Colour has been attracting the attention of philosophers, artists, historians and scientists for centuries. Recently, the latest advances in artificial intelligence, neuroscience and psychology have combined to make machines able to understand things that to us, are intuitive.
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Colour is everywhere, it’s a concept we take for granted. It’s so evident that it doesn’t require any thought and so broad that it covers a multitude of disciplines. Colour has been attracting the attention of philosophers, artists, historians and scientists for centuries. Recently, the latest advances in artificial intelligence, neuroscience and psychology have combined to make machines able to understand things that to us, are intuitive.
The exhibition runs from the beginning of the 17th century – when Newton experimented with passing sunlight through a prism to demonstrate that it is composed of seven colours – to early attempts at colour mapping that began in the 18th century, all the way to technological innovations that have allowed us to depict and reproduce new colours. Leading Spanish scientists tell us about how colour is applied in pioneering research in the fields of photopharmacology and neurology, and a collaboration with Waseda University in Kapan shows the colourisation of historical black and white films using artificial intelligence techniques .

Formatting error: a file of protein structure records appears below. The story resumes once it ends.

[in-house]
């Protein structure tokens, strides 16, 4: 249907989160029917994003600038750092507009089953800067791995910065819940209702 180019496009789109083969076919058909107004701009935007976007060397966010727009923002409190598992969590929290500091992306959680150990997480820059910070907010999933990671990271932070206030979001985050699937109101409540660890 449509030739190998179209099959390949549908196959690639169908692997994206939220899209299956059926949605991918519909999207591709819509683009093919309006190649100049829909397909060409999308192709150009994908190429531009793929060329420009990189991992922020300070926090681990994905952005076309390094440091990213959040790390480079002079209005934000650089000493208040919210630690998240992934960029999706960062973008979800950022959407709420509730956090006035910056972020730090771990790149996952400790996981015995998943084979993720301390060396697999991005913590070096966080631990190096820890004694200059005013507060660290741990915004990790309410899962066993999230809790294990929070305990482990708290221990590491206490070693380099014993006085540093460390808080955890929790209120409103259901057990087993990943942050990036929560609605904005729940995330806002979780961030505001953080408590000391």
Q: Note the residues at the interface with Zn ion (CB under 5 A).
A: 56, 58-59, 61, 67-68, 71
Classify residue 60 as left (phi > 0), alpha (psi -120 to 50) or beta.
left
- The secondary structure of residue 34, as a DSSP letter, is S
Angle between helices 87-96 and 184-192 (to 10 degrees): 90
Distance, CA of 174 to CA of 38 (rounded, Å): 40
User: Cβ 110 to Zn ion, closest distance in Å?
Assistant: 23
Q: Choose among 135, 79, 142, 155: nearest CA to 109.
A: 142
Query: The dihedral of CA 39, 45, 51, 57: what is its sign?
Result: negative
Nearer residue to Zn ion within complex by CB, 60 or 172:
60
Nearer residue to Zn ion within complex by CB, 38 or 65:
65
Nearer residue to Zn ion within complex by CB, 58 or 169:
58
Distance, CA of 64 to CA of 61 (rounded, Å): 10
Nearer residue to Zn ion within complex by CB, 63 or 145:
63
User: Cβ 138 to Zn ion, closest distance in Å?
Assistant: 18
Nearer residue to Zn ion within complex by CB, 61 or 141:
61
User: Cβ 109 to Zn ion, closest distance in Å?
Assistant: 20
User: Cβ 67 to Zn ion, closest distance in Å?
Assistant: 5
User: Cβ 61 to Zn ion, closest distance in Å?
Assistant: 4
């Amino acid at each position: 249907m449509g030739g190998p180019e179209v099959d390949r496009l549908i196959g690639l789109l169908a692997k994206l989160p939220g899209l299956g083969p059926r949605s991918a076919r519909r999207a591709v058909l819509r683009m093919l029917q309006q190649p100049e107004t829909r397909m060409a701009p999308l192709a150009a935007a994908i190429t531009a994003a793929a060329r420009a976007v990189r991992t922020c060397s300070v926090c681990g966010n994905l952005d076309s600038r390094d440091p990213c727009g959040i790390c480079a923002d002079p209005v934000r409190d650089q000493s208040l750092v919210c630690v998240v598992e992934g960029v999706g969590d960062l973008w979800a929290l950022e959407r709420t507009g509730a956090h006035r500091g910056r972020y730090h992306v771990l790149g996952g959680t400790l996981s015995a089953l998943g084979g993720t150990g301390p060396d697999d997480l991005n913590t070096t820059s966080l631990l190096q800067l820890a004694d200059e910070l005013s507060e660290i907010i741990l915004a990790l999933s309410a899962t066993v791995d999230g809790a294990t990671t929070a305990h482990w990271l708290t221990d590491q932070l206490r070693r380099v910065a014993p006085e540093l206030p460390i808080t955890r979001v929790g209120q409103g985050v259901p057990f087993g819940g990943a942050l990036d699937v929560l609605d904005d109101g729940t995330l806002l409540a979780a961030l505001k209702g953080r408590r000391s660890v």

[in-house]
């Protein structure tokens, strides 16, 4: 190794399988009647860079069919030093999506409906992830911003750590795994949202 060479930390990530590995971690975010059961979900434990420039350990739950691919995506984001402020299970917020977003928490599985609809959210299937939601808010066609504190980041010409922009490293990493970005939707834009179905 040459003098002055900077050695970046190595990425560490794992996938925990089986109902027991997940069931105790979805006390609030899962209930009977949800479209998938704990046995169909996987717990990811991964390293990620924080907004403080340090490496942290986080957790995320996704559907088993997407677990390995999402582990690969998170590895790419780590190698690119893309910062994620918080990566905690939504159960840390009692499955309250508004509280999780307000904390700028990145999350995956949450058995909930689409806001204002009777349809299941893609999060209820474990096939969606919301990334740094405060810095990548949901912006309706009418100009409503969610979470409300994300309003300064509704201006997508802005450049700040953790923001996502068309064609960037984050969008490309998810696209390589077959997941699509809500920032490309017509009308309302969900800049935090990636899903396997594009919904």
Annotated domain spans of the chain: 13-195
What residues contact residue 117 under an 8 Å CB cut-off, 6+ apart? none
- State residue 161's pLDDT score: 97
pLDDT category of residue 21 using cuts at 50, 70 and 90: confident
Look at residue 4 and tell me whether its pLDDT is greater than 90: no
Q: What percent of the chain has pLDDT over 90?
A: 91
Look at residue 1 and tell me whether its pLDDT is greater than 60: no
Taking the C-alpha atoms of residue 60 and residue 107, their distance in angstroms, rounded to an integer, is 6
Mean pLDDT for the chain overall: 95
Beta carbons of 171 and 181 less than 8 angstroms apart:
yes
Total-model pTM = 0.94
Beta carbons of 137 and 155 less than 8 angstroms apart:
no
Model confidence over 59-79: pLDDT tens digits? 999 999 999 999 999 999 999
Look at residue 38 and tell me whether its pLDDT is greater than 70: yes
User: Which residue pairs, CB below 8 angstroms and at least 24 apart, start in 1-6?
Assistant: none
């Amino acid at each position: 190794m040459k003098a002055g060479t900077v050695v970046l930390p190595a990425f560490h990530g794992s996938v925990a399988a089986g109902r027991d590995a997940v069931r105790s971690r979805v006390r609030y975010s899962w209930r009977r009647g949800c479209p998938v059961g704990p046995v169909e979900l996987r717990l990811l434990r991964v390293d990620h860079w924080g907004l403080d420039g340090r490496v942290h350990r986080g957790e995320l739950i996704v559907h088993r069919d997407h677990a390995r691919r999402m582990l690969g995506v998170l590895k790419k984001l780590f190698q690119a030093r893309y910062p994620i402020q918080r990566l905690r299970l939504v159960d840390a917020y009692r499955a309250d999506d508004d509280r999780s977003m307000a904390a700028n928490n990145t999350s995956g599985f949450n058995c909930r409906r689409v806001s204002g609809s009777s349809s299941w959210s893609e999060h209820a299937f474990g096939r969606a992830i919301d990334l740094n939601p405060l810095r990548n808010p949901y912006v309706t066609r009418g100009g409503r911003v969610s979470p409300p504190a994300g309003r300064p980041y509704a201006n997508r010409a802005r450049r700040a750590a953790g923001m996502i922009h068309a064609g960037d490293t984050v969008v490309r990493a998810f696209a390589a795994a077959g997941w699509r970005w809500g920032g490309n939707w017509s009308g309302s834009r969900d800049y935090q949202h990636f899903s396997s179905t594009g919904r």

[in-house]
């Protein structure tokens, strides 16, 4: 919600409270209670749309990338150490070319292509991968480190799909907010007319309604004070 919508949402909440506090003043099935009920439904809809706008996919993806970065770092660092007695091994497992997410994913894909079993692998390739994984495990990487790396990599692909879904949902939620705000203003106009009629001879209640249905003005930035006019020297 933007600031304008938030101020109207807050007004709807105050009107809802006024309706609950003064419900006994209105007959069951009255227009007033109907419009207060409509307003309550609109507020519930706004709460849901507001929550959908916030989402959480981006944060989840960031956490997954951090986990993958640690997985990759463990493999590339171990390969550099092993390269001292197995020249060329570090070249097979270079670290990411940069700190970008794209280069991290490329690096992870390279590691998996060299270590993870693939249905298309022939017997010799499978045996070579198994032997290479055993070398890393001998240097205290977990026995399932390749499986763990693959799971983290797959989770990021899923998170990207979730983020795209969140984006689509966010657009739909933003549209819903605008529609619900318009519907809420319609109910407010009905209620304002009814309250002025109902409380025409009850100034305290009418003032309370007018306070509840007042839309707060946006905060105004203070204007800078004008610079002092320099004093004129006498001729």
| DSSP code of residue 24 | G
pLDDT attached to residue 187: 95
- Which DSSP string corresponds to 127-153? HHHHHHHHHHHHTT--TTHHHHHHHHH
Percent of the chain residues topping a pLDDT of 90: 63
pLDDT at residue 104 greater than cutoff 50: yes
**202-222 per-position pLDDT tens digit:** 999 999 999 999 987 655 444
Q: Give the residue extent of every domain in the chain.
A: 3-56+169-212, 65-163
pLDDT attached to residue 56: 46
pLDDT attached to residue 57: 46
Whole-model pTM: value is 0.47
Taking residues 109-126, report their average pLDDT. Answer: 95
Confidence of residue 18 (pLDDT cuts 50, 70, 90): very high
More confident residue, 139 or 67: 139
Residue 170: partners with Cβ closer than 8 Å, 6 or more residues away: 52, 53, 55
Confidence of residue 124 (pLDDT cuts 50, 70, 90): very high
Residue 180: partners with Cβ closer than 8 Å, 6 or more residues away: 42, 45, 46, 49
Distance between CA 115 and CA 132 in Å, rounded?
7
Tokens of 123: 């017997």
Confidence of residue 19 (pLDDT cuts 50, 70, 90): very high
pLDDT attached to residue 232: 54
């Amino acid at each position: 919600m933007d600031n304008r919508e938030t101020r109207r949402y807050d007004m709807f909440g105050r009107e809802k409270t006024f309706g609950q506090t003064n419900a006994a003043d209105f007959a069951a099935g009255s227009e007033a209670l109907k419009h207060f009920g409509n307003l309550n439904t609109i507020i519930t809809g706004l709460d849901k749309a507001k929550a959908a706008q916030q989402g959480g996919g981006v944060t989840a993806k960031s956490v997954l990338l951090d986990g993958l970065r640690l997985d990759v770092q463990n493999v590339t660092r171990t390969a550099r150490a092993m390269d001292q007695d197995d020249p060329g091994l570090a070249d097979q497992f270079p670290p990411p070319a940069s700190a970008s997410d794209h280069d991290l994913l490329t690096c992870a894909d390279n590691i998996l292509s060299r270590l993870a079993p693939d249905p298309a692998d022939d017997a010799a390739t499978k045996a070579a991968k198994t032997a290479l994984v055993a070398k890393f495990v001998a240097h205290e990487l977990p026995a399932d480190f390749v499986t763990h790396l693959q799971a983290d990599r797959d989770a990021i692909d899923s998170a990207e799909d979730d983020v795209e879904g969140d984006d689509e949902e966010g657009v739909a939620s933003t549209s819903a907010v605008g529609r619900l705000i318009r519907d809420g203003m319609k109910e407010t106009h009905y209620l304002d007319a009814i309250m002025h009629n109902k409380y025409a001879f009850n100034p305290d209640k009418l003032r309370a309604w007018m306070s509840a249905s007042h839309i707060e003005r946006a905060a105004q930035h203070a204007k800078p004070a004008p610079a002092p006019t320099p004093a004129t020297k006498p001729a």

Many conventions can be deconstructed and questioned through colour. The heart of the exhibition is dedicated to a colour range that is fertile ground for ideas related to religion, power, industrial development and social habits: red to blue, which includes highly culturally significant shades like pink and purple. None of these have always meant the same thing, nor can we assume that their symbolism or perception is the same in all cultures.
Pieces by Yves KLein, Esteban Vicente and Balenciaga are presented alongside items from popular culture to explore this question.
Above all, the way we experience colour is closely related to psychology, as Goethe foresaw at the beginning of the 19th century. An immersive installation created by Onionlab, based on research by a team of scientists from the University of Lausanne and the Autonomous University of Barcelona, give visitors the chance to experience their own emotions in response to different colours. Italian artist Roselena Ramistella takes on the topic of how colour relates to emotions with her series The Warmth where, using a thermal camera, she photographs people in vulnerable situations.
Commissioned by Miguel Ángel Delgado and María Santoyo, this exhibition aims to ask questions rather than answer them. Because ultimately, each of us has our own relationship with colour, which is persavisve.